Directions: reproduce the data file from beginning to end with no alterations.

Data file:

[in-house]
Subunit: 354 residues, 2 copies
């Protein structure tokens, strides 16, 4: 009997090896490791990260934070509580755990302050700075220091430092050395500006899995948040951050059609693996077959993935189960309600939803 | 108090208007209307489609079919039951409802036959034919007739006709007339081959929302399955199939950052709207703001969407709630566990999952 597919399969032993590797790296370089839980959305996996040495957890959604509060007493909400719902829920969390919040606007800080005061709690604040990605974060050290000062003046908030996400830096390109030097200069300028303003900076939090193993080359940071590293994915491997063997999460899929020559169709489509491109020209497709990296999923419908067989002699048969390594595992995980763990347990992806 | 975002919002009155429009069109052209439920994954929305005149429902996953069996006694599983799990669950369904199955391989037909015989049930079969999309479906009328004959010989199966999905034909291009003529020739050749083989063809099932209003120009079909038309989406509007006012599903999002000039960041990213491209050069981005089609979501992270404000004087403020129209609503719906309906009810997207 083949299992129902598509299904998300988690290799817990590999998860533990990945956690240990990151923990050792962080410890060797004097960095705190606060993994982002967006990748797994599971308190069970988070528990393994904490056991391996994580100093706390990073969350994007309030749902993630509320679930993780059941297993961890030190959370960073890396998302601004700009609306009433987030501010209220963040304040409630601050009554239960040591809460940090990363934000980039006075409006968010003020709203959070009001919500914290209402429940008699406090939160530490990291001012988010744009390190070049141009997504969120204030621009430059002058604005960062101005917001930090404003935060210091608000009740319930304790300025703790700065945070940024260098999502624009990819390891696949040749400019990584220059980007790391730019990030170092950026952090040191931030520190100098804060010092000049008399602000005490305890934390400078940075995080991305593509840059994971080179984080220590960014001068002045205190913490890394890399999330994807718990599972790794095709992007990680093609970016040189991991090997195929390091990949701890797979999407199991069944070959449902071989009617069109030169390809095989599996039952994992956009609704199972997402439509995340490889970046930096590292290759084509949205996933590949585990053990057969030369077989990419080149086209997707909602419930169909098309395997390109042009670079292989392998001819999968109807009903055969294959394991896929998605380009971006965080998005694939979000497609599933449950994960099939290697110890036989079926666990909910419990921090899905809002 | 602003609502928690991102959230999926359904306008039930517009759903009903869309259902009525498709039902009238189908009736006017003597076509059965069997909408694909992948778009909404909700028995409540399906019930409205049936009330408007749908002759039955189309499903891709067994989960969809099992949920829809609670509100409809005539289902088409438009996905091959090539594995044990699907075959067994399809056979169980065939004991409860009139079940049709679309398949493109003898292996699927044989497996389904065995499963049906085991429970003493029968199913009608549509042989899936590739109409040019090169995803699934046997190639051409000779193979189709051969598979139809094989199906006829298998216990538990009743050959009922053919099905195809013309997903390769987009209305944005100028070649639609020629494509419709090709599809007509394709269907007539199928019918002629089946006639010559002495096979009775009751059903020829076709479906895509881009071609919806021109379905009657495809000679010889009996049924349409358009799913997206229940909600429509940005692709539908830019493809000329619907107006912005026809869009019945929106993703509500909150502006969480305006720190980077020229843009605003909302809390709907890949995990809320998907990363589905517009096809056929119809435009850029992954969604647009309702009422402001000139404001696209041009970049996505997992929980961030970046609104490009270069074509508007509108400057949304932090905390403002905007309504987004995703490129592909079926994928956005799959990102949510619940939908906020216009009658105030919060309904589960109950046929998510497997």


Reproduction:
[in-house]
Subunit: 354 residues, 2 copies
């Protein structure tokens, strides 16, 4: 009997090896490791990260934070509580755990302050700075220091430092050395500006899995948040951050059609693996077959993935189960309600939803 | 108090208007209307489609079919039951409802036959034919007739006709007339081959929302399955199939950052709207703001969407709630566990999952 597919399969032993590797790296370089839980959305996996040495957890959604509060007493909400719902829920969390919040606007800080005061709690604040990605974060050290000062003046908030996400830096390109030097200069300028303003900076939090193993080359940071590293994915491997063997999460899929020559169709489509491109020209497709990296999923419908067989002699048969390594595992995980763990347990992806 | 975002919002009155429009069109052209439920994954929305005149429902996953069996006694599983799990669950369904199955391989037909015989049930079969999309479906009328004959010989199966999905034909291009003529020739050749083989063809099932209003120009079909038309989406509007006012599903999002000039960041990213491209050069981005089609979501992270404000004087403020129209609503719906309906009810997207 083949299992129902598509299904998300988690290799817990590999998860533990990945956690240990990151923990050792962080410890060797004097960095705190606060993994982002967006990748797994599971308190069970988070528990393994904490056991391996994580100093706390990073969350994007309030749902993630509320679930993780059941297993961890030190959370960073890396998302601004700009609306009433987030501010209220963040304040409630601050009554239960040591809460940090990363934000980039006075409006968010003020709203959070009001919500914290209402429940008699406090939160530490990291001012988010744009390190070049141009997504969120204030621009430059002058604005960062101005917001930090404003935060210091608000009740319930304790300025703790700065945070940024260098999502624009990819390891696949040749400019990584220059980007790391730019990030170092950026952090040191931030520190100098804060010092000049008399602000005490305890934390400078940075995080991305593509840059994971080179984080220590960014001068002045205190913490890394890399999330994807718990599972790794095709992007990680093609970016040189991991090997195929390091990949701890797979999407199991069944070959449902071989009617069109030169390809095989599996039952994992956009609704199972997402439509995340490889970046930096590292290759084509949205996933590949585990053990057969030369077989990419080149086209997707909602419930169909098309395997390109042009670079292989392998001819999968109807009903055969294959394991896929998605380009971006965080998005694939979000497609599933449950994960099939290697110890036989079926666990909910419990921090899905809002 | 602003609502928690991102959230999926359904306008039930517009759903009903869309259902009525498709039902009238189908009736006017003597076509059965069997909408694909992948778009909404909700028995409540399906019930409205049936009330408007749908002759039955189309499903891709067994989960969809099992949920829809609670509100409809005539289902088409438009996905091959090539594995044990699907075959067994399809056979169980065939004991409860009139079940049709679309398949493109003898292996699927044989497996389904065995499963049906085991429970003493029968199913009608549509042989899936590739109409040019090169995803699934046997190639051409000779193979189709051969598979139809094989199906006829298998216990538990009743050959009922053919099905195809013309997903390769987009209305944005100028070649639609020629494509419709090709599809007509394709269907007539199928019918002629089946006639010559002495096979009775009751059903020829076709479906895509881009071609919806021109379905009657495809000679010889009996049924349409358009799913997206229940909600429509940005692709539908830019493809000329619907107006912005026809869009019945929106993703509500909150502006969480305006720190980077020229843009605003909302809390709907890949995990809320998907990363589905517009096809056929119809435009850029992954969604647009309702009422402001000139404001696209041009970049996505997992929980961030970046609104490009270069074509508007509108400057949304932090905390403002905007309504987004995703490129592909079926994928956005799959990102949510619940939908906020216009009658105030919060309904589960109950046929998510497997």